How much would it cost?

Written by E. O. Wilson

It may be feared that saving biodiversity will be so expensive as to endanger the market economy.  This assumption is a mistake.  The cost of saving most of Earth's fauna and flora would be relatively trivial for the market economy and, of course, immensely profitable for the natural economy.  In 2000 Conservation International concluded that in order to put a protective umbrella over the 25 hottest spots on the land would require one payment of $30 billion.  The benefit, if the allotment is joined by wise investment strategy and foreign policy, would be substantial protection for 70% of the Earth's land-dwelling fauna and flora.  This single outlay (one payment only), or its equivalent spread over a few years, is approximately one part in a thousand of the annual gross world product.  By coincidence, the latter amount, roughly $30 trillion, also happens to be the estimated rate of the ecosystems services given free by Earth's remaining natural environment.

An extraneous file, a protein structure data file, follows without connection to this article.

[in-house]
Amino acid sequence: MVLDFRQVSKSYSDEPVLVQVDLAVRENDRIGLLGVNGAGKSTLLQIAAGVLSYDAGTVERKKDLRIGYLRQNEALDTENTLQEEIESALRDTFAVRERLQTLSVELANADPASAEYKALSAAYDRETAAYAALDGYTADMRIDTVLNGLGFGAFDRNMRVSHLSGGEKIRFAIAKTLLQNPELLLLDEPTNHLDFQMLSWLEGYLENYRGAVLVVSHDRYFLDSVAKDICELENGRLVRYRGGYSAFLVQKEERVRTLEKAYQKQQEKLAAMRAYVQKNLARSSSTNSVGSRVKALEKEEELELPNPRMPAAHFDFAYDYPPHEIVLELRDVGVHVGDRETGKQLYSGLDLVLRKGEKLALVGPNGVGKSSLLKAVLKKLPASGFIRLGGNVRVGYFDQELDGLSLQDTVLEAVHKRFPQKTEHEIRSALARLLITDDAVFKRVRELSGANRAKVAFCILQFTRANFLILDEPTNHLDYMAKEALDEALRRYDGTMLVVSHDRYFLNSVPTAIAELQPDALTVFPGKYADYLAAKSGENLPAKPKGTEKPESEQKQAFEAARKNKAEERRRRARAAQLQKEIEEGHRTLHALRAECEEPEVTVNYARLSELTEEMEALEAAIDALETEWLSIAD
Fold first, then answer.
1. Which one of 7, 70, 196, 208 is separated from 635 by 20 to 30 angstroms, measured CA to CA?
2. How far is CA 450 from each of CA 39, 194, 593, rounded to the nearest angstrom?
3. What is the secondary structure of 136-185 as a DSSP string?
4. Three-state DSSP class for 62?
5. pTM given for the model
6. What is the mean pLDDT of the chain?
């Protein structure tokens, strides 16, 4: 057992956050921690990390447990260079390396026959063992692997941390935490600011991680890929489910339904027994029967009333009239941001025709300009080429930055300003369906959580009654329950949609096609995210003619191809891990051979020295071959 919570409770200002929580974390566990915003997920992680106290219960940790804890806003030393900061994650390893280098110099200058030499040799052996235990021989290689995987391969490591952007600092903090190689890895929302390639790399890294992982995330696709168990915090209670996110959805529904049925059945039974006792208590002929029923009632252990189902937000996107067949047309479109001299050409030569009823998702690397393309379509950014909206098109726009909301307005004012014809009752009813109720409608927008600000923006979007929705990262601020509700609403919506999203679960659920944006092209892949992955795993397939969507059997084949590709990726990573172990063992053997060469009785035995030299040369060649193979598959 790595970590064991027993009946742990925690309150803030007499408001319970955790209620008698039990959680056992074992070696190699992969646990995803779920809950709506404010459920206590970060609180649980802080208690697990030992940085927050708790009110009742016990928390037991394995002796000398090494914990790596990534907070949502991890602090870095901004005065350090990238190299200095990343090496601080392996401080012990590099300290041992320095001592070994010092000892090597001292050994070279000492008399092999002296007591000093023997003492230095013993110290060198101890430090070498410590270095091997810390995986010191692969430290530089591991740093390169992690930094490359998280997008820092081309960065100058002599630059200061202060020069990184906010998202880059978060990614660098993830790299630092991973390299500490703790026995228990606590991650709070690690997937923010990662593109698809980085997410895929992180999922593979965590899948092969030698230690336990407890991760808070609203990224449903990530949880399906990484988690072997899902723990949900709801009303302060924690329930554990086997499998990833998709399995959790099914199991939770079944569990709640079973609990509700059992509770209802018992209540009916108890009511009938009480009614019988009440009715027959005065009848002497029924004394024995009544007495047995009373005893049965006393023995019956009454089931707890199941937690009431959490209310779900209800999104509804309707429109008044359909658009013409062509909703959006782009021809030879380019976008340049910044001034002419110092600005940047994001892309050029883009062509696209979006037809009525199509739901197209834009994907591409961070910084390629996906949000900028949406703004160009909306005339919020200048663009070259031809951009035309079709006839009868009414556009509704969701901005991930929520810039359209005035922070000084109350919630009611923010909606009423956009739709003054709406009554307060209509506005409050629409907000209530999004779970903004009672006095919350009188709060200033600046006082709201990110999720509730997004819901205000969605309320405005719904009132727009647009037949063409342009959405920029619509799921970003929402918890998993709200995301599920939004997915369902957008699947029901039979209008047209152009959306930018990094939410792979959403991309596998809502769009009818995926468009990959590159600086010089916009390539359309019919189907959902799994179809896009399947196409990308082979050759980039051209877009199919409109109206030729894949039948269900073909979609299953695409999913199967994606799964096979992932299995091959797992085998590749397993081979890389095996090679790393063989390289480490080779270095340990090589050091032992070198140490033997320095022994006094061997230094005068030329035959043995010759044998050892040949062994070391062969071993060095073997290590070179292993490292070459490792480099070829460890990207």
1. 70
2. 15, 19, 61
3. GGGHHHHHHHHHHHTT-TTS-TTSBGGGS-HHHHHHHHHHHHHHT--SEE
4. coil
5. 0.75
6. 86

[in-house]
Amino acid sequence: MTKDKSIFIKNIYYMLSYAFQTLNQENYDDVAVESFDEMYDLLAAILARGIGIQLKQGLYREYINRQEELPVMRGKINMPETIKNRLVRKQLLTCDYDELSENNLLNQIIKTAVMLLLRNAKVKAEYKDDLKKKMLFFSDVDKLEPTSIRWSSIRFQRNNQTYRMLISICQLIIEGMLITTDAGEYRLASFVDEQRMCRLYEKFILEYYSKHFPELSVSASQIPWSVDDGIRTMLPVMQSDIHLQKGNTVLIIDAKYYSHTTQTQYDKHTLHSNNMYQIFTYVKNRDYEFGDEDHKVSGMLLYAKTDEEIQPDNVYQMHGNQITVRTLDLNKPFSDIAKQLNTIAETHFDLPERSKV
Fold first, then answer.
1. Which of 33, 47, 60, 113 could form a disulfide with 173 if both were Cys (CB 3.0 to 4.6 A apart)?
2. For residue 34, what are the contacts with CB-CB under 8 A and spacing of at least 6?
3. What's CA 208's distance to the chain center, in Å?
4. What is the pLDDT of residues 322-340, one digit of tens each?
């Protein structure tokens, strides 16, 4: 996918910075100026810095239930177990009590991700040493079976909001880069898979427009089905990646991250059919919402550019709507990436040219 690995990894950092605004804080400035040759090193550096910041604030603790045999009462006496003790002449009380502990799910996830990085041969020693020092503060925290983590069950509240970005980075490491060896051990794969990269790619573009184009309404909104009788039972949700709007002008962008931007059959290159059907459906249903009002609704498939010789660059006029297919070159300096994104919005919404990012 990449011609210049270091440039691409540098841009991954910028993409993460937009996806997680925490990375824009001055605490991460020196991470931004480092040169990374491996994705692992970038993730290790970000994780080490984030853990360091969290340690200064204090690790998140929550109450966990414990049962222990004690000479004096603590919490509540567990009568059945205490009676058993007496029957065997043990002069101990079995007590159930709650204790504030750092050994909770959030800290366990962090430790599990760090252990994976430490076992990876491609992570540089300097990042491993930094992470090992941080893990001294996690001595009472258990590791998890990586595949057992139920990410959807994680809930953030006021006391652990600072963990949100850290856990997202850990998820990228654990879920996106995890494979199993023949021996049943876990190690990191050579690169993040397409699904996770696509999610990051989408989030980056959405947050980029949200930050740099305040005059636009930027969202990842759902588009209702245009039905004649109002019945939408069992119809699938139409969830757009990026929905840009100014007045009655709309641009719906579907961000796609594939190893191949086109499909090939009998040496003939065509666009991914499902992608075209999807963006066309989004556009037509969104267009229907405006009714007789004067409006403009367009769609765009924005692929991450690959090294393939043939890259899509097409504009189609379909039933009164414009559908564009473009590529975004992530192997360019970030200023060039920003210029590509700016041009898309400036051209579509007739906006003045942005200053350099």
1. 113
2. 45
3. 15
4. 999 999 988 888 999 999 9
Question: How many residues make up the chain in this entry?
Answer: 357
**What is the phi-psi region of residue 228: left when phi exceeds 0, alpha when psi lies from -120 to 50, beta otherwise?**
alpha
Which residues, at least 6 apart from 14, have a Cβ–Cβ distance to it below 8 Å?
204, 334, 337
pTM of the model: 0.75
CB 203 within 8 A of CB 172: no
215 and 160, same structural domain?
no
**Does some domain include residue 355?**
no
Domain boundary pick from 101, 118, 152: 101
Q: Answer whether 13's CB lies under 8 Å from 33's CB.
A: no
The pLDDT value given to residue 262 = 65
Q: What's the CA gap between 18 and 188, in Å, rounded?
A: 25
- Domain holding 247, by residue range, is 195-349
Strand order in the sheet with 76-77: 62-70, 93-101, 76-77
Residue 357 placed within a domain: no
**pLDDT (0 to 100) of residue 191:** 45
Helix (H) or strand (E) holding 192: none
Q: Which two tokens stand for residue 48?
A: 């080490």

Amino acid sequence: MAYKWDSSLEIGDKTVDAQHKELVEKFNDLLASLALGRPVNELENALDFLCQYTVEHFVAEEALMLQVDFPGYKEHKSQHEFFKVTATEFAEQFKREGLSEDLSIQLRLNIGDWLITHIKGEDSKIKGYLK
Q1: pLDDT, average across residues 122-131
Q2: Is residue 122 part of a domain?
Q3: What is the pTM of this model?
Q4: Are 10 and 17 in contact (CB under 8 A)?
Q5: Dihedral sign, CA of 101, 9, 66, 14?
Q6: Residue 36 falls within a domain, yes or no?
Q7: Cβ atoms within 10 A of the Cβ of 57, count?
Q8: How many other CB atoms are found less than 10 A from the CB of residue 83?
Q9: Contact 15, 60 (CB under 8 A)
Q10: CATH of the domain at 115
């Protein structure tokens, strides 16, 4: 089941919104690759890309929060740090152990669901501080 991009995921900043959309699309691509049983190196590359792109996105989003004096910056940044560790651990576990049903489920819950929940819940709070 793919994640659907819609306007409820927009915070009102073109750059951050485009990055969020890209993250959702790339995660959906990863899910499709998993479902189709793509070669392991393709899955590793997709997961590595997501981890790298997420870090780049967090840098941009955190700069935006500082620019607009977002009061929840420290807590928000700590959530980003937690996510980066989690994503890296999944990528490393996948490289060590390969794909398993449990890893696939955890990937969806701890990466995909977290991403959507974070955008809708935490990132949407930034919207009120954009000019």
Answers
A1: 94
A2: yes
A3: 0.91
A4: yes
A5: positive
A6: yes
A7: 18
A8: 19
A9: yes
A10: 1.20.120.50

E. O. Wilson, The Creation, pp. 97-98.

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